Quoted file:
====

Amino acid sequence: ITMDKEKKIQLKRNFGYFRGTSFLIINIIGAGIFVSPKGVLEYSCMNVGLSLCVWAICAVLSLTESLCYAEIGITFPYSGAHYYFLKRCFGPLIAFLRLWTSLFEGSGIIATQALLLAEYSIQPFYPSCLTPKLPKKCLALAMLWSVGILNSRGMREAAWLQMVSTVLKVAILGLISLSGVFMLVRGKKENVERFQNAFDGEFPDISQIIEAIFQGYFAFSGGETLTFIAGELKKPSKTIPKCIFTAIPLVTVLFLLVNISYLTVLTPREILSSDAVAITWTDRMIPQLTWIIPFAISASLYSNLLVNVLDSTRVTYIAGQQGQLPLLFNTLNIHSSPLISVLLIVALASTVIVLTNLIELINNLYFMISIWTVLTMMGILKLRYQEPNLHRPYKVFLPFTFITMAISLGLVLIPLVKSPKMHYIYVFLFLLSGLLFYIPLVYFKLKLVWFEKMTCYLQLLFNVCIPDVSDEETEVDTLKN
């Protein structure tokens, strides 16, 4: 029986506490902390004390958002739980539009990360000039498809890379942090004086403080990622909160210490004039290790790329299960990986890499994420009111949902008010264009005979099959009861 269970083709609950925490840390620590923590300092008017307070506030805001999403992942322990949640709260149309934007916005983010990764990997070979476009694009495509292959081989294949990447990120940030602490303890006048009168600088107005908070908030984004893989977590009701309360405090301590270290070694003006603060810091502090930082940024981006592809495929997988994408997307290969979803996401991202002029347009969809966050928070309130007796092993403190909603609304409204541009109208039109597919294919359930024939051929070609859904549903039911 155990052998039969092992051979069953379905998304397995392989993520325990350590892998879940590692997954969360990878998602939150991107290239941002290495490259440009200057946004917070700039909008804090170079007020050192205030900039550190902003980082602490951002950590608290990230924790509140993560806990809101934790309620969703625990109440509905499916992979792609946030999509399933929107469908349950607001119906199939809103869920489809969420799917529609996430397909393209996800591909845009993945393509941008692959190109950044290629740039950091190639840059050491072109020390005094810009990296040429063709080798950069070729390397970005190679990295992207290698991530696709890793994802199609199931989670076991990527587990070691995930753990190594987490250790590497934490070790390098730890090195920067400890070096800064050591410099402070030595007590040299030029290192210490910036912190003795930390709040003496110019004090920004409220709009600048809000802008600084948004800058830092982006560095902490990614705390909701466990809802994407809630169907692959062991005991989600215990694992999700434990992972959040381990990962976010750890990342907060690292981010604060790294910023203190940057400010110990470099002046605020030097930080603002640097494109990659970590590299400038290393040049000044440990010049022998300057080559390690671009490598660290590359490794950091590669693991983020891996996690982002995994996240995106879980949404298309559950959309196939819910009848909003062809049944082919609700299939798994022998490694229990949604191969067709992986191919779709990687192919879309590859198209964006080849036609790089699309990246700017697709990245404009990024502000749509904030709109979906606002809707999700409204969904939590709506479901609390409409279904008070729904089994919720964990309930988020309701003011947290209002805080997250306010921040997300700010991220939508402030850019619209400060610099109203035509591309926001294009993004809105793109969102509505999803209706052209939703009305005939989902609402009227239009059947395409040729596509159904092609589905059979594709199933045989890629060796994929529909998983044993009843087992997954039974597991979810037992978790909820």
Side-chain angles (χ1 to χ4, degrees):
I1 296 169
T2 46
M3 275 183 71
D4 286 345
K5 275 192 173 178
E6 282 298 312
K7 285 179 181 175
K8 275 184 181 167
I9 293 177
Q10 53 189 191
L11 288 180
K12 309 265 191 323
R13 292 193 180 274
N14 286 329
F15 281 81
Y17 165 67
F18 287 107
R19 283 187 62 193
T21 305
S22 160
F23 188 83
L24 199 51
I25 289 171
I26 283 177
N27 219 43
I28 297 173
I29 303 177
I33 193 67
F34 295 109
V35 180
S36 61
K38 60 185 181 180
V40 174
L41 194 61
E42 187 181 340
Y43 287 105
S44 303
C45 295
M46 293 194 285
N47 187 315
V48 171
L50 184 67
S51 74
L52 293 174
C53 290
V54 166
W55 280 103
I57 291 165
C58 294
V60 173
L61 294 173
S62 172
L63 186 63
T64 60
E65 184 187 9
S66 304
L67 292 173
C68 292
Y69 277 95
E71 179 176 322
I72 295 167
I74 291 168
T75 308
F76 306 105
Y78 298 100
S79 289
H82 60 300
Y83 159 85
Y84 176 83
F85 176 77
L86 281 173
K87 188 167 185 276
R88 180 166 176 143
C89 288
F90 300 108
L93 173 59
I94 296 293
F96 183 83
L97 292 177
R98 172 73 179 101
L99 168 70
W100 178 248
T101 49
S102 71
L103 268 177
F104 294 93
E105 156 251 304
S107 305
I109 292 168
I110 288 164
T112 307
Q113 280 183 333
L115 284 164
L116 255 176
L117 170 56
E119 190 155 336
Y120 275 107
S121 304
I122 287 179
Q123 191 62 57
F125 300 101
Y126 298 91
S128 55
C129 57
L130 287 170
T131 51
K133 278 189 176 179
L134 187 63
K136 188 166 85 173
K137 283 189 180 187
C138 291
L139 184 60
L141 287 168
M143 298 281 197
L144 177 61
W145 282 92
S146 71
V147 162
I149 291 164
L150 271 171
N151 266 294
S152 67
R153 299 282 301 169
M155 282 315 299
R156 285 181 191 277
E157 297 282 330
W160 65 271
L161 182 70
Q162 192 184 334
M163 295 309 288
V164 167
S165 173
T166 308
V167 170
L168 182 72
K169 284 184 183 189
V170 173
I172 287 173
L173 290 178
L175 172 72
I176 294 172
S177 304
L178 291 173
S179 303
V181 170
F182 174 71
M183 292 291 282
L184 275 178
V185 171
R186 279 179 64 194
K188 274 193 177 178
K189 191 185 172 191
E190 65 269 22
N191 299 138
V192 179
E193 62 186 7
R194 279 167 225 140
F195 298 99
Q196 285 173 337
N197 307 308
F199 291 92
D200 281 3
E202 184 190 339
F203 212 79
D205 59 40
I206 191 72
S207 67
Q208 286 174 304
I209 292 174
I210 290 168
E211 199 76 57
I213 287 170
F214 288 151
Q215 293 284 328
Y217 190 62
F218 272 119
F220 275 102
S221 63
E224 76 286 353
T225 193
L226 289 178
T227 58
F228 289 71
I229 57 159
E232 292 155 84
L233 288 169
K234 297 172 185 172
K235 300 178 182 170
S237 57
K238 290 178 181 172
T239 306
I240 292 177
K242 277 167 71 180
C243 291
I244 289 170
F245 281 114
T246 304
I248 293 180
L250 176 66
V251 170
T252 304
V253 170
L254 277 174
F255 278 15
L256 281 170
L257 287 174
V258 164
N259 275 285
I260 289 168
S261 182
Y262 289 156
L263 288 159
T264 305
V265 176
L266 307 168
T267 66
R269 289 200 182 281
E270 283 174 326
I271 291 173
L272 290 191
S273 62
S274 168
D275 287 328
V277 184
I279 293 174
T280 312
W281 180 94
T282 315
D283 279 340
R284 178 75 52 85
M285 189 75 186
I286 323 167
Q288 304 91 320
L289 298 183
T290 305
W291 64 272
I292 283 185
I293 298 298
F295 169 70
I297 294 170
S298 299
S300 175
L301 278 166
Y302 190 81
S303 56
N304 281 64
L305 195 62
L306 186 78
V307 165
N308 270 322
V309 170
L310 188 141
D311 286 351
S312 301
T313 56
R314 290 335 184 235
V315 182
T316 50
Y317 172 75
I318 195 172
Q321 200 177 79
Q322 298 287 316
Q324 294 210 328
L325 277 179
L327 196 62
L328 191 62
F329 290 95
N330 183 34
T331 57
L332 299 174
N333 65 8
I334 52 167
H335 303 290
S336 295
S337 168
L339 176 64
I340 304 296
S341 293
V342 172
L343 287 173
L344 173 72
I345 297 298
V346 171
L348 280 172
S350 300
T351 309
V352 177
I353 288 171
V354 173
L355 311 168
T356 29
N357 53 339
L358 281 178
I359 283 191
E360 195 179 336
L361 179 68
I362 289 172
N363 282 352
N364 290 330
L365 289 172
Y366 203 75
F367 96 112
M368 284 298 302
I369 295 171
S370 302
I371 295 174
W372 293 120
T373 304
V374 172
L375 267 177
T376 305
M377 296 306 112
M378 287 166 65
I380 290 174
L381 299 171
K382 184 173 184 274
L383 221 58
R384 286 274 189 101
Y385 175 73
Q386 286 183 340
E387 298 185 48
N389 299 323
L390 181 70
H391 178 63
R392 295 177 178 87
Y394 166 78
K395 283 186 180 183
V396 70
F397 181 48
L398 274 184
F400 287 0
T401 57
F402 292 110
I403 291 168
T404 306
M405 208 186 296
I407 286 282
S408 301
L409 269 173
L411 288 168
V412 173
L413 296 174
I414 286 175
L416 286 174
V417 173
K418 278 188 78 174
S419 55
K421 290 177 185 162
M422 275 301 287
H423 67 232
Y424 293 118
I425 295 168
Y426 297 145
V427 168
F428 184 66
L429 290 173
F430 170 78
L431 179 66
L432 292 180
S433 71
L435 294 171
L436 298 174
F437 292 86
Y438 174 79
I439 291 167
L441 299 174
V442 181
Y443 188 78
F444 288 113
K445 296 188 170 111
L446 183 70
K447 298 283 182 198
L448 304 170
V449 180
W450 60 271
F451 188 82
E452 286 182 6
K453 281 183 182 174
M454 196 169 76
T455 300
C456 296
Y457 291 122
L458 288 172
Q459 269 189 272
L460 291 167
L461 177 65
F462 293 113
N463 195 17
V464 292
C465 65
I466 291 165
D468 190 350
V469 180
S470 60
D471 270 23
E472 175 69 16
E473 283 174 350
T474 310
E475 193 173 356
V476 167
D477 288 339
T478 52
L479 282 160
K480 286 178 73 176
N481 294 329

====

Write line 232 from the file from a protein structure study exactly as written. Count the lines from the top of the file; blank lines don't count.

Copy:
D283 279 340